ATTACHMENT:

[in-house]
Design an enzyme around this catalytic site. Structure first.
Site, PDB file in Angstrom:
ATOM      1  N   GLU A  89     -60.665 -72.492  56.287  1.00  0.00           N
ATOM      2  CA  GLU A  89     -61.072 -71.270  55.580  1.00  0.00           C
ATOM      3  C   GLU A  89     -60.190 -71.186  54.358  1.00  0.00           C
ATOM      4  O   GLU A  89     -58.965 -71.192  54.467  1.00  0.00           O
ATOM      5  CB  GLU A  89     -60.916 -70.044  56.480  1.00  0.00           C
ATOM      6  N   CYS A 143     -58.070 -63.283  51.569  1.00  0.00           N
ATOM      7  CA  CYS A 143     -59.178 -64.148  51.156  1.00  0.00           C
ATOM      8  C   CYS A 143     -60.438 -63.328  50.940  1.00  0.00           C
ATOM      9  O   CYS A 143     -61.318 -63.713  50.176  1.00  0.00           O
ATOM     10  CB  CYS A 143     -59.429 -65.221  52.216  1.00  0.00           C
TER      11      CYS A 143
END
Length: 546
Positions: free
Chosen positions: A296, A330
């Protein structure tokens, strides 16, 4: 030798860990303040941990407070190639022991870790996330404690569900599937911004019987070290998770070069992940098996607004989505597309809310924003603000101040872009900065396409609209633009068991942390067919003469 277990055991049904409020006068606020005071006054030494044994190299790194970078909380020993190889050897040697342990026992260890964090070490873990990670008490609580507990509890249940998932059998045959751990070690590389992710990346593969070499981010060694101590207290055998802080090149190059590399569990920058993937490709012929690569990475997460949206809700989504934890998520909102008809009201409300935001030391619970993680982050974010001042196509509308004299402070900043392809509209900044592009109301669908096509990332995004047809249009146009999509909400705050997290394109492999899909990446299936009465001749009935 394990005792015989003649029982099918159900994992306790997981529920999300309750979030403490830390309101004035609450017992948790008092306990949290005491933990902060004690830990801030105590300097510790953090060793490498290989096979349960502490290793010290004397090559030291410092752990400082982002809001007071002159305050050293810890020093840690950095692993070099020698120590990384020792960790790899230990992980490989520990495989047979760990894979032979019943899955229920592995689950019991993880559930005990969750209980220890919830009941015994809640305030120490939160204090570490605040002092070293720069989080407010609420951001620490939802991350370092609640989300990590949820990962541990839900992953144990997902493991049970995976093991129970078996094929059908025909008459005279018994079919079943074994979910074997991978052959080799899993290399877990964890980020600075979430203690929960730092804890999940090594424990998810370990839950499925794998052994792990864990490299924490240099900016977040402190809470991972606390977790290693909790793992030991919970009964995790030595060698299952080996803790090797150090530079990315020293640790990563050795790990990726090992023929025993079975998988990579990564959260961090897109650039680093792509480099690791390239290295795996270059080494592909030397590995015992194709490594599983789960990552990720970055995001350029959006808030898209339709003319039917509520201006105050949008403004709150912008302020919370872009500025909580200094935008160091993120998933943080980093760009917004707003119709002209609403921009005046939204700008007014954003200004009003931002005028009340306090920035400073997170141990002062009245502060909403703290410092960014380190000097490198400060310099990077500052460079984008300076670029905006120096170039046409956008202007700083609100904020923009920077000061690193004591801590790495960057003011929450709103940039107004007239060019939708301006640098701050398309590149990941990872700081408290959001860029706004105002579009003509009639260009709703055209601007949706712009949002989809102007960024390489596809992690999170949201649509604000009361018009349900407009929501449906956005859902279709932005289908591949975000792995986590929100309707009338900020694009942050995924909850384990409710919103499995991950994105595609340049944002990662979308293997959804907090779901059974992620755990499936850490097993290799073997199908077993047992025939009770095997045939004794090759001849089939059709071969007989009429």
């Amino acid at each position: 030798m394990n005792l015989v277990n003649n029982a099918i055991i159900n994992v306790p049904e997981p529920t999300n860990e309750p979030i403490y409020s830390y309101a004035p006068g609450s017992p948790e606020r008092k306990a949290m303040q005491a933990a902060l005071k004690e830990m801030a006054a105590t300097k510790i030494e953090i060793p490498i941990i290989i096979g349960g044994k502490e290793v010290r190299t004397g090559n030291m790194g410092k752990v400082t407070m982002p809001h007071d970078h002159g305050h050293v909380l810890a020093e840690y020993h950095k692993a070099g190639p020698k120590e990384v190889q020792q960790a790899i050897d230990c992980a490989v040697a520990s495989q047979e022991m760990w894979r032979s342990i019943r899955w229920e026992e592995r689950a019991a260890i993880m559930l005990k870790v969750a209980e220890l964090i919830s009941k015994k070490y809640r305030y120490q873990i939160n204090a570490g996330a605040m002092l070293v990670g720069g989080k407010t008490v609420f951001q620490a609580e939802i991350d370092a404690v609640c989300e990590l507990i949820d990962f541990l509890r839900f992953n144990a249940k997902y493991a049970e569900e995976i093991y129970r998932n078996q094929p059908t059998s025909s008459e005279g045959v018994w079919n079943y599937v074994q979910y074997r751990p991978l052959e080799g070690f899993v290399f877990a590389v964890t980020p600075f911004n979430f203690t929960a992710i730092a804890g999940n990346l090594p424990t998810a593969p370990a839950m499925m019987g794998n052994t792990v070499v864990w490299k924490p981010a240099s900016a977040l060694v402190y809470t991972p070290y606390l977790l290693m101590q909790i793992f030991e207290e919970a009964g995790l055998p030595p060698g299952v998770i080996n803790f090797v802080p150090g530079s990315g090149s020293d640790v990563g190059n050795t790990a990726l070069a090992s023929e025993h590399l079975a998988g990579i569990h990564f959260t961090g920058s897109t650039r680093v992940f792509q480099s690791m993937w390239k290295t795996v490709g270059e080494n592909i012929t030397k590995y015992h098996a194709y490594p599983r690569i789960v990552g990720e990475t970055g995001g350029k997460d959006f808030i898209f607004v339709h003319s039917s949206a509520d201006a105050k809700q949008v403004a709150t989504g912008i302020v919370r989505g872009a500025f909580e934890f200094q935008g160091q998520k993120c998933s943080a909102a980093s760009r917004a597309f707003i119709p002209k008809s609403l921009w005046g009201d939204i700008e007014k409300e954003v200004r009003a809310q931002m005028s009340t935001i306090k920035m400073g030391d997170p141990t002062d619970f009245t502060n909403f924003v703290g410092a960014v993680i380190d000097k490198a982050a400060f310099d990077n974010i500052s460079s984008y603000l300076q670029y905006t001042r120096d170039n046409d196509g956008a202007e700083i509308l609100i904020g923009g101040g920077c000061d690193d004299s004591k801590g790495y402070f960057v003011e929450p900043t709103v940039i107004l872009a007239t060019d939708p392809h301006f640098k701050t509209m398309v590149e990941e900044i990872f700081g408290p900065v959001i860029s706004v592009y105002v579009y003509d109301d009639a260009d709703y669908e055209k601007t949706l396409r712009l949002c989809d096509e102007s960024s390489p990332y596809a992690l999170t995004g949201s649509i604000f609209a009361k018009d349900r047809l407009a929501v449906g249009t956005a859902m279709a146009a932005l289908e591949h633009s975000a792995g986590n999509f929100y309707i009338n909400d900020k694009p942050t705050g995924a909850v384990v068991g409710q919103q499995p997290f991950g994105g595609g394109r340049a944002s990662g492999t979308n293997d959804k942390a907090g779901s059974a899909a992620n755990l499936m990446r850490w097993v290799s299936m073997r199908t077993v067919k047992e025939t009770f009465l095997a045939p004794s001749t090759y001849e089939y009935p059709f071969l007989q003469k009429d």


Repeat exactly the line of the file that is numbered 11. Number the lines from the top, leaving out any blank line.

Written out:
ATOM      8  C   CYS A 143     -60.438 -63.328  50.940  1.00  0.00           C